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Causation and Consequences

Wars begin for a variety of reasons—to spread or combat an ideology, to gain or defend territory, to punish a nation for some real or perceived wrong, prompted by some minor dynastic struggle or even resulting from a calculated misrepresentation of actual events. Once begun, military conflicts—whether between nations, members of different ethnic groups or adherents of differing faiths—all tend to include the same ingredients.

There is, of course, actual combat, the struggle of armed forces over well-defined battlefields or, increasingly, across far-flung cityscapes whose residents are suddenly thrown into the midst of combat. There is also the accompanying war of words, ideas and beliefs, in which each side attempts to justify itself to its own people and to the larger world, while at the same time working to vilify the enemy and undercut support for him both at home and abroad. And, of course, there are the concurrent diplomatic and financial battles, as the war’s participants seek to achieve through other means what they might not be able to accomplish with weapons.

Yet those who fight wars, either as aggressor or victim, all have the same ultimate goal: to conclude the conflict as quickly and successfully as possible, hopefully at the lowest cost in blood and treasure. Whether the war lasts six days or 30 years, the purpose is to defeat the enemy and prevent the destruction of one’s own homeland, culture or political system. Nations that revel in the conduct of war for its own sake, without regard for its costs or consequences, seldom survive.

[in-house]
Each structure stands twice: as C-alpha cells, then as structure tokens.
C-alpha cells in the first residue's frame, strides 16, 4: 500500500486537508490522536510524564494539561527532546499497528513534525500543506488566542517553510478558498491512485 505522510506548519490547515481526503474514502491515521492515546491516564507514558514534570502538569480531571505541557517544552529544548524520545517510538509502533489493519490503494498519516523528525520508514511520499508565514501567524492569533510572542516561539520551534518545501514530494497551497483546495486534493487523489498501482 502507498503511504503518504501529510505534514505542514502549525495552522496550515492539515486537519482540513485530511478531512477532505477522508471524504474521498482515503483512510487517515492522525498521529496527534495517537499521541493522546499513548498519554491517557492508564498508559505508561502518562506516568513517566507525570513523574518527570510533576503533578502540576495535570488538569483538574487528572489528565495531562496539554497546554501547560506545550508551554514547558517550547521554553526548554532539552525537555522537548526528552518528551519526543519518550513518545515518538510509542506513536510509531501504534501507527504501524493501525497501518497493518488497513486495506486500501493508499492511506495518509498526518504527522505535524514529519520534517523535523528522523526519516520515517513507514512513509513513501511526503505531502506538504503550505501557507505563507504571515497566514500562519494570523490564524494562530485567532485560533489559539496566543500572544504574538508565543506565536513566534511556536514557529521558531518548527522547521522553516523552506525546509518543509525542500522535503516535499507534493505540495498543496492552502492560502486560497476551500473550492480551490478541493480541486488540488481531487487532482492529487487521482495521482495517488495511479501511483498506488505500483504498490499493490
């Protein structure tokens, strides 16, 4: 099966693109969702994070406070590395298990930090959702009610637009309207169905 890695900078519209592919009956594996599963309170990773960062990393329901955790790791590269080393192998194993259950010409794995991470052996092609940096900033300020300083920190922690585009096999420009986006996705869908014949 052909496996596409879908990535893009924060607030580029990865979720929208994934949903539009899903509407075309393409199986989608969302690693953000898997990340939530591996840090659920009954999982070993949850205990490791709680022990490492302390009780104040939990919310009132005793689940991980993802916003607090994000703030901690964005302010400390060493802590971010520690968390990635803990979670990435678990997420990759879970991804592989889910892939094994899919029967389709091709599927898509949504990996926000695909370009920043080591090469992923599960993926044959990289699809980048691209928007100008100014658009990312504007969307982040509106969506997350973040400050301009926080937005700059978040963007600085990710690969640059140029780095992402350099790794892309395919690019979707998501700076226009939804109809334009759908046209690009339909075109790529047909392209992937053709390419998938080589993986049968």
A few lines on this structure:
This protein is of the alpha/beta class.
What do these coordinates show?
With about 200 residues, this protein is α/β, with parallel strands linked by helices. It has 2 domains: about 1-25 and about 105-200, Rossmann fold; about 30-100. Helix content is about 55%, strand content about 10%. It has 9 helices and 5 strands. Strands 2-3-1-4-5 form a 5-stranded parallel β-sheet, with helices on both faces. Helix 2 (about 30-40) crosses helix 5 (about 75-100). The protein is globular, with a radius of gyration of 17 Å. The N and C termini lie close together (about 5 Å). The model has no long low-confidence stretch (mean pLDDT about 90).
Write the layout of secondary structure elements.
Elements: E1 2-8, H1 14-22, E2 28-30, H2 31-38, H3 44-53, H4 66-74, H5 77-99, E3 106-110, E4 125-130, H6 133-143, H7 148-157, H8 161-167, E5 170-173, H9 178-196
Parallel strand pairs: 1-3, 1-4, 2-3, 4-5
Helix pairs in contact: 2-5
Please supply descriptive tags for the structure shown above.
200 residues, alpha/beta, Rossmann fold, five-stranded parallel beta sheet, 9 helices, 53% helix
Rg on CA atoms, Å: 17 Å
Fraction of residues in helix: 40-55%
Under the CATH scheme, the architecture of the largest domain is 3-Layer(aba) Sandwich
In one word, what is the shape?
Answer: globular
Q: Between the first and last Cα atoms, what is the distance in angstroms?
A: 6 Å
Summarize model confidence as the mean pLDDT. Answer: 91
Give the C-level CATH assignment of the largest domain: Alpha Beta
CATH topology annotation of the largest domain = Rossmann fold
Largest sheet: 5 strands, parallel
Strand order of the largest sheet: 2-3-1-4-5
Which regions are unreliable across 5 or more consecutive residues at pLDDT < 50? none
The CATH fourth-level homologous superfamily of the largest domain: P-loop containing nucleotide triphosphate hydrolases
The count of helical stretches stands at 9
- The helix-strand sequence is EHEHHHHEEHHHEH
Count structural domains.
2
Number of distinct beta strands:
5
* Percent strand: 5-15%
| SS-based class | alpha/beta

When wars finally do end, the victors seek to ritually demonstrate the superiority of their cause and the extent of their martial prowess. The demonstrations have historically involved the execution of a defeated monarch, a parade of captives, the destruction of an enemy capital or, in more recent times, solemn surrender ceremonies aboard mighty warships. However conducted, the event has conveyed one clear message: We won, you lost, and the war is definitively over.

Until, of course, the next time.